School nurses support student success by providing health care through assessment, intervention, and follow-up for all children within the school setting. The school nurse addresses the physical, mental, emotional, and social health needs of students and supports their achievement in the learning process.
|Each school district shall require parents to provide examination documentation of each student within 30 days upon enrolling into school.|
When a student is transferring to another school, each school district shall ensure that student documentation of entry examination is forwarded to the transfer school district pursuant to N.J.A.C. 6A:16-2.4(d).
Students transferring into a New Jersey school from out-of-State or out-of-country may be allowed a 30-day period in order to obtain entry information and documentation.
Each school district shall notify parents of the importance of obtaining subsequent medical examinations of the student at least once during each developmental stage, at early childhood (pre-school through grade three), pre-adolescence (grade four through six) and adolescence (grades seven through 12)
|New Jersey school immunization rules, Immunization of Pupils in Schools (N.J.A.C. 8:57-4) require students to receive a series of immunizations prior to attendance at school. In addition, schools are required to enforce requirements, maintain records, and submit annual reports to the state and their respective local health department. Please review the guidance and tools for carrying out these requirements.|
|Preschool Students: Preschool Health Registration Form|
|K-12 Students: Student Health Registration Form|
|Grade 6 Requirements: The New Jersey Department of Health (NJDOH) under Chapter 14 N.J.A.C. 8:57-4 mandates the following two vaccines.|
A 10-year-old entering sixth grade will not be required to receive these vaccines until they turn 11 years of age. The NJDOH requires the dose be received within TWO WEEKS of the 11th birthday.
According to N.J.A.C. 8:57- 2, a principal, administrator or person in charge of a school shall not admit or retain any child whose parents have not submitted acceptable evidence of immunizations.
|Tuberculosis Testing Requirements: Students born in a country not listed below and entering school in the U.S. for the first time, OR who attended school in a country not listed on the back must have TB testing.|
THE FOLLOWING COUNTRIES HAVE A LOW INCIDENCE OF TB AND DO NOT REQUIRE TB TESTING:
American Samoa, Andorra Antigua and Barbuda, Australia, Austria, Barbados, Belgium, Bermuda, Canada, Cayman Islands, Cook Islands, Costa Rica, Cuba, Cyprus, Czech Republic, Denmark, Dominica, Finland, France, Germany, Greece, Greenland, Grenada, Iceland, Ireland, Israel, Italy, Jamaica, Jordan, Lebanon, Luxembourg, Malta, Monaco, Montserrat, Netherlands, Netherlands Antilles, New Zealand, North Ireland, Norway, Oman, Puerto Rico, Saint Kitts and Nevis, St. Lucia, St. Maarten (Dutch), San Marino, Slovakia, Slovenia, Spain, Sweden, Switzerland, Trinidad and Tobago, Turks and Caicos Islands, United Arab Emirates, United Kingdom of Great Britain and Northern Ireland, United States of America, United States Virgin Islands, West Bank and Gaza.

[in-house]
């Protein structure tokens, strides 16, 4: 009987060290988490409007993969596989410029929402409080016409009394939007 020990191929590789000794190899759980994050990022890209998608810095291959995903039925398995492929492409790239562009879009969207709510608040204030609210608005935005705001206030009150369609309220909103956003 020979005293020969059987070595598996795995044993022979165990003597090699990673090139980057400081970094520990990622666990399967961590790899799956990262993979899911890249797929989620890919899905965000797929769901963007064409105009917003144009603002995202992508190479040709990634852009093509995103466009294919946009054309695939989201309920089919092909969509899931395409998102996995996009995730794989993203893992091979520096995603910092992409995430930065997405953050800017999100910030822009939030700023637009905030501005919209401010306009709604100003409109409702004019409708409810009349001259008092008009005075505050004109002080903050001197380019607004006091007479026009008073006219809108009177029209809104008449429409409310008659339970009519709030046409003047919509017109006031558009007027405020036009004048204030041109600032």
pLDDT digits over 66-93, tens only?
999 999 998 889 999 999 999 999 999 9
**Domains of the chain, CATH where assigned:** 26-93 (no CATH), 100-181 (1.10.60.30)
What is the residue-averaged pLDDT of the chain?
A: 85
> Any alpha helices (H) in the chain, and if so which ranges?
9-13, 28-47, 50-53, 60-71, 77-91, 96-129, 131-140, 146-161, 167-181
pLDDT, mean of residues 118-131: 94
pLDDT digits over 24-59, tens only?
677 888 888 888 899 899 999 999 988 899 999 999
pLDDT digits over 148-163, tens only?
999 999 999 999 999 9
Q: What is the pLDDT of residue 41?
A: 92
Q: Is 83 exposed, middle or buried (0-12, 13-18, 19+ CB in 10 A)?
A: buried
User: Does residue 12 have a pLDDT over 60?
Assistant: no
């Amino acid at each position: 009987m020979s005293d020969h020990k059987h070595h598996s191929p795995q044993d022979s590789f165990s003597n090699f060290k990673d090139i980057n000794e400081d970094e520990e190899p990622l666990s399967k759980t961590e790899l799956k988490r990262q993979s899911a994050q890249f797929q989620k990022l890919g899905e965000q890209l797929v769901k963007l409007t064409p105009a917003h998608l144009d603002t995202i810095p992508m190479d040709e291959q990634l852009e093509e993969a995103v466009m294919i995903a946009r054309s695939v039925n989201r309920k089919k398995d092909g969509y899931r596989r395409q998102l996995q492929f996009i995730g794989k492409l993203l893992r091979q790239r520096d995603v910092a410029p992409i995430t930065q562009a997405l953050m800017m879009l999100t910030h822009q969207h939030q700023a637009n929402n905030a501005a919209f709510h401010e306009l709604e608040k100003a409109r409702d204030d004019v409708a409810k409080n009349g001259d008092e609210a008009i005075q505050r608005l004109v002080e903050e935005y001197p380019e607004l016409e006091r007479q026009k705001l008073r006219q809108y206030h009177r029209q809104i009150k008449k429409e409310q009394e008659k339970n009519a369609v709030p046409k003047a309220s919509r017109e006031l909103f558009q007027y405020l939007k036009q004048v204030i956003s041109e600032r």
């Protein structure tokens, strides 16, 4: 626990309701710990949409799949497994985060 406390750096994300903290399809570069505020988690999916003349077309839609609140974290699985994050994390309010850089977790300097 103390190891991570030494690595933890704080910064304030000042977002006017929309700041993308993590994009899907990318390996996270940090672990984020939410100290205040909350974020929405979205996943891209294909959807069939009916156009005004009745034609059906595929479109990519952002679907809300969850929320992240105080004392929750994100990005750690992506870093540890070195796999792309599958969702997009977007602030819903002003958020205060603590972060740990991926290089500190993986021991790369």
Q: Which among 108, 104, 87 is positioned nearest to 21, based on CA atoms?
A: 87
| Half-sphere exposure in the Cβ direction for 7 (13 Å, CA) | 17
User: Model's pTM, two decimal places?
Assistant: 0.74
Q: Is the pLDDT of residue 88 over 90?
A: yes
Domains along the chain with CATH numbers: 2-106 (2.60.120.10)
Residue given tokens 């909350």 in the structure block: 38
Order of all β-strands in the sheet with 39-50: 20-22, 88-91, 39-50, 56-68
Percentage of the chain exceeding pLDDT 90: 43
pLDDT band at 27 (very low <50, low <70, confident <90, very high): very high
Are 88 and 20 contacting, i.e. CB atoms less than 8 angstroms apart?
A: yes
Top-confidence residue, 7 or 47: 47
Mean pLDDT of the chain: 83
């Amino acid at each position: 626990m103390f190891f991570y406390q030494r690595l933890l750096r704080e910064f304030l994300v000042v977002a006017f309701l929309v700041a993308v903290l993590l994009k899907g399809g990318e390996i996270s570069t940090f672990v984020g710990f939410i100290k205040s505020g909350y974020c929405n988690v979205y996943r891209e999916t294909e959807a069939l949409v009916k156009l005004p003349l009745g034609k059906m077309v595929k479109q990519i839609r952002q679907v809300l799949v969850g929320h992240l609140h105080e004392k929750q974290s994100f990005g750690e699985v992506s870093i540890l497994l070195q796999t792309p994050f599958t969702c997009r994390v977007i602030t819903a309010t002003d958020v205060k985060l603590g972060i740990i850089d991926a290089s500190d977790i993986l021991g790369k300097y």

|The goals of school-based health assessment and screenings are the early identification of potential health issues that may impact a child’s educational program; referral to appropriate healthcare providers to address the health concern; the identification of students with special healthcare needs|
that require services during the school day; and, the reduction of absenteeism due to health issues.
|Height, weight: annually for all children in grades PreK-12|
|Blood Pressure: annually in grades K-12|
|Hearing screening: annually in Grades PreK - Grade 3, and grades 7 and 11|
|Vision screening: in grades Pre-K, K, 2, 4, 6, 8, and 10|
|Scoliosis screening: in grades 5, 7, 9, and 11|
If you do not want your child screened for scoliosis, please inform your school nurse in writing.
1) Shots are required for D.P.T., Polio, Measles, Mumps, Rubella, Varicella, Hepatitis B, HIB and Meningitis.
2) All new entrants to North Brunswick Schools are required to have documented physical exam on file with the school nurse. The exam must have been done within the last year and submitted within 30 days of admission or the child will be excluded from school.
3) It is recommended by the NJ Department of Education, School Health Services Guidelines, that children receive a physical examination at least once during the developmental stages. Those developmental stages are as follows: Early childhood- grades PreK-3, Pre-Adolescent- grades 4-6, and Adolescent- grades 7-12. If you should have any questions, contact your school nurse.
According to NJAC 6A:14-3.3(g); 6A:16-2.1(f); 6A16-2.2(e)3;NJSA 18A:4-15; 18A:40-4.3-4.5 and A-113, children will receive health screenings that include height, weight, hearing, blood pressure, vision and scoliosis. A school physician, school nurse, physical education instructor or other properly trained school personnel shall conduct screenings.
- Height, weight, blood pressure will be done annually for all children in grades PreK-12.
- Hearing screening will be conducted in grades PreK-3, and grades 7 and 11.
- Vision screening will be conducted in grades K, 2, 4, 6, 8, and 10.
- Scoliosis screening will be conducted in grades 5, 7, 9, and 11.
(If you do not want your child screened for scoliosis, please inform your school nurse in writing)
4) If your child contracts a contagious disease or is taking prescribed drugs, please inform the school nurse.
5) In the event a child becomes ill at school, the nurse or the principal will contact the home and request the parent/guardian or person designated by the parent/guardian to come to the school to take the child home.